The Great Blue Crab Explosion!

Blue crabs were super-abundant throughout southern New England last summer. Photo courtesy Wikepedia.

Suddenly they were everywhere. From Cape Cod to Connecticut and even out to Martha’s Vineyard and Block Island, blue crabs (Callinectes sapidus) appeared this past summer in numbers not seen in decades. Blue crabs have always been present in New England waters—Cape Cod marks the northernmost boundary of their spawning range—but it’s unclear why they were so abundant in 2010.

Kids and adults had a blast catching, and eating, blue crabs in 2010. Photo by ##http://newenglandboating.com/author/tom## Tom Richardson##

According to Bruce Estrella, a marine biologist with the Massachusetts Department of Marine Fisheries, blue crab productivity is dependent on a number of conditions, including water temperature, food availability, habitat and competition from other species. He points out that the milder winters and warmer summers that New England has been experiencing in recent years could be a factor in the crabs’ abundance in 2010. Blue crabs grow and reach sexually maturity faster in warmer water, so last summer’s record heat may have helped a larger number of the crabs grow to maturity. Further, the milder winter of 2009-10 meant that more crabs survived from previous years.

John Torgan, Baykeeper with Save The Bay in Rhode Island, points out that the marine environment of southern New England is gradually coming to resemble that of more southern waters, including the Chesapeake. This may be why we’re seeing more blue crabs and a decline in cold-water species, such as lobsters and winter flounder.

What is not fully known is how European green crabs, an invasive species introduced to New England in the 1800s, and native blue crabs interact, and whether one might prey on the other, or compete for the same food sources. It did appear that green crabs were noticeably less abundant in areas where blue crabs were present this summer. Others have questioned whether the apparent decline in juvenile striped bass, which prey on crabs, along the coast has affected the blue crab population.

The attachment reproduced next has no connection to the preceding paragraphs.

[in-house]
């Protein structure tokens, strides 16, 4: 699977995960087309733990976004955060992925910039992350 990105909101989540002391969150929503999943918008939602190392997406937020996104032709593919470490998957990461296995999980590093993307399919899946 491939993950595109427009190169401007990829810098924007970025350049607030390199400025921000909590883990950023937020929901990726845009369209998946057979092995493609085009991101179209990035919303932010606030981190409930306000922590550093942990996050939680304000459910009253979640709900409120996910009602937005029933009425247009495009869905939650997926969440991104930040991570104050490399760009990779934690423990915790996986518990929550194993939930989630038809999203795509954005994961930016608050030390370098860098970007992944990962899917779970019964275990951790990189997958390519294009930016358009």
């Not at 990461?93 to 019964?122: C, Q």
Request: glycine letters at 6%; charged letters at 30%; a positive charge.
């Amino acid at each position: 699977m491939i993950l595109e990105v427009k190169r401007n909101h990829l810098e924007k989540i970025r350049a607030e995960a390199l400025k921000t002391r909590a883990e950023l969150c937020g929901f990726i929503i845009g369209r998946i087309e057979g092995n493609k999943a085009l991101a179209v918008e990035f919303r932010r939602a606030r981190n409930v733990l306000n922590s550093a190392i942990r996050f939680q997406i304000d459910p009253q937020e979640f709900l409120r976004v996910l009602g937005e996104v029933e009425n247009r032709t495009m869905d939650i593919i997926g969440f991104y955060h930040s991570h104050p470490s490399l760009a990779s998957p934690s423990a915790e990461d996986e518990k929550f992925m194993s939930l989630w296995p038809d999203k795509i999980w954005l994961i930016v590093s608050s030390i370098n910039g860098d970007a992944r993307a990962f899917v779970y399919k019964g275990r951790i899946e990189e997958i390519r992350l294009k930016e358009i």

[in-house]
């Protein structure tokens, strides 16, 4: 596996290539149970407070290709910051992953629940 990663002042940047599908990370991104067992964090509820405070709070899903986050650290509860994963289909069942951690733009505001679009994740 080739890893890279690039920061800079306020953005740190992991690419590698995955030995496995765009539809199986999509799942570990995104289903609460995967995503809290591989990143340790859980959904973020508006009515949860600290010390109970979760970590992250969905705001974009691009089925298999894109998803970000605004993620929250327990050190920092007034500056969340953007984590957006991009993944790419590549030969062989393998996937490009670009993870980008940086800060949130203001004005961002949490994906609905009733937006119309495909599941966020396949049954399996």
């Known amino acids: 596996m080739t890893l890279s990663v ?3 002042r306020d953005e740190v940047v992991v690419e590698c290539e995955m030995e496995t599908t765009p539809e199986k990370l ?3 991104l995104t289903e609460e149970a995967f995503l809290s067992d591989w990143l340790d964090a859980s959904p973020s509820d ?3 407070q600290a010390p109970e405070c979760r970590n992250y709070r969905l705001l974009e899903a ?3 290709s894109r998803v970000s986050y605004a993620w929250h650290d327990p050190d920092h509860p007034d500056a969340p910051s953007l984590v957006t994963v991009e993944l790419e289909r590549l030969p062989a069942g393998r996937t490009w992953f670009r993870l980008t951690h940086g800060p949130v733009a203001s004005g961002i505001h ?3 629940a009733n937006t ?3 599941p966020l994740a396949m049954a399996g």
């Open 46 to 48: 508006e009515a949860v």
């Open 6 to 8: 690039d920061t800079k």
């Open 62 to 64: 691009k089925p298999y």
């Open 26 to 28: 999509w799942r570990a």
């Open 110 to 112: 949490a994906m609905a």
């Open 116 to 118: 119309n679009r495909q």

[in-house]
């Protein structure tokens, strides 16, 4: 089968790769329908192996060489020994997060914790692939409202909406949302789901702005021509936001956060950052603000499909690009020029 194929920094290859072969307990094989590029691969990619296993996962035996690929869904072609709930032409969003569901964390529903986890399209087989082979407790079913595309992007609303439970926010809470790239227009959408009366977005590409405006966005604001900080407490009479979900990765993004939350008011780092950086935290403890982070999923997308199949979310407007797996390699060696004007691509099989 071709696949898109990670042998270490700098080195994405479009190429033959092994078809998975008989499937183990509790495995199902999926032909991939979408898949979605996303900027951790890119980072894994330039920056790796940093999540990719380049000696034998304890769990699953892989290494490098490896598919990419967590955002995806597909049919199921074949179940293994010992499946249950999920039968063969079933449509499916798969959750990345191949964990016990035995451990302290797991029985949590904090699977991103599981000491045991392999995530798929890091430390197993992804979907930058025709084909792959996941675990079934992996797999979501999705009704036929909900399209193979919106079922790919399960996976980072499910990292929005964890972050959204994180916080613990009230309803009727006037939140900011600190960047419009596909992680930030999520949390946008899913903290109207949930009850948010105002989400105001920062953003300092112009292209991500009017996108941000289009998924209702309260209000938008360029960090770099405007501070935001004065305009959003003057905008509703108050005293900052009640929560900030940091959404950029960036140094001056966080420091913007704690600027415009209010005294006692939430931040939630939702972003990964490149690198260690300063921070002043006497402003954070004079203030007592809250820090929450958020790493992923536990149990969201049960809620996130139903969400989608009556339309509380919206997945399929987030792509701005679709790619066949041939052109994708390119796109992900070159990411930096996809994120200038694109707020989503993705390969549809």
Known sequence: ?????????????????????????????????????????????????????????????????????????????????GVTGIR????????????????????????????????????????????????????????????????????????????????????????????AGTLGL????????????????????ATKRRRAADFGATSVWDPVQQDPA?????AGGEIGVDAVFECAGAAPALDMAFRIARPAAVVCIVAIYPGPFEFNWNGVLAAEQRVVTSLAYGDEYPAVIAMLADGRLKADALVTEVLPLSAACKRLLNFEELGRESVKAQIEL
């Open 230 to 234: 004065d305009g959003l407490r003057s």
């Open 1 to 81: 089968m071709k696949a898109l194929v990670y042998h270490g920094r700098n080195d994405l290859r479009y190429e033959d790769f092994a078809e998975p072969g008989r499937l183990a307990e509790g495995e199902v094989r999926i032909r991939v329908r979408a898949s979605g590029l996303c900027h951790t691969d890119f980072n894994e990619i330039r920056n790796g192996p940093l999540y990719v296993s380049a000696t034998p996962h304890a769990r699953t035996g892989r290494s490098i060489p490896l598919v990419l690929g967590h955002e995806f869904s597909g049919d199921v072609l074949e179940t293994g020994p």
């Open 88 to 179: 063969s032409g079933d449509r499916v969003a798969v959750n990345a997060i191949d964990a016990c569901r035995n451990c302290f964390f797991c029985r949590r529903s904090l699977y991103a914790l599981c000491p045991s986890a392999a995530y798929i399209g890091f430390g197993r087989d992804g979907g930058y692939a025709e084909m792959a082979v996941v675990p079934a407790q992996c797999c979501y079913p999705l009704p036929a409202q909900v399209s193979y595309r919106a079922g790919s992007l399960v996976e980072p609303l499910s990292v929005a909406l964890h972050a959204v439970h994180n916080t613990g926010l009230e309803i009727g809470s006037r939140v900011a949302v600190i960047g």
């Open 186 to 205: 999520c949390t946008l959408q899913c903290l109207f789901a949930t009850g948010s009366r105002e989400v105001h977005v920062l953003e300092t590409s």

Whatever the reasons behind the blue crab explosion, New England fishermen reaped the bounty. Tackle stores saw a run on crab nets and traps, and Old Bay seasoning was in sudden demand at many coastal markets.

“We sold a butt-load of crabbin’ nets this summer,” says Thom Pelletier of Quaker Land Tackle in North Kingstown, Rhode Island. “It was a banner year for blue crabs from the top of the Bay right down throughout the South Shore salt ponds.”

Other shops reported the same. “Blue crab fishing was the best we’ve ever seen,” said Nick Mossoro of Fisherman’s World in Norwalk, Connecticut. When asked whether he though the crabs would be back next year, he said, “You never know. Some years the good fishing holds up into the next season, while other times it doesn’t.”

Bruce Estrella also cautioned about making predictions about next year’s fishery, and points out that a harsh winter could reduce the population significantly.

Save The Bay Video:

httpv://www.youtube.com/watch?v=VI5yPUO4R2Q

Blue crabs are out in record numbers. Save The Bay’s John Torgan goes fishing for answers why.

For a list of state-by-state fish and shellfish regulations, go to

Were you among the folks who noticed the abundance of blue crabs in 2010?

Did you fish for them? Please let us know in the Comments box below.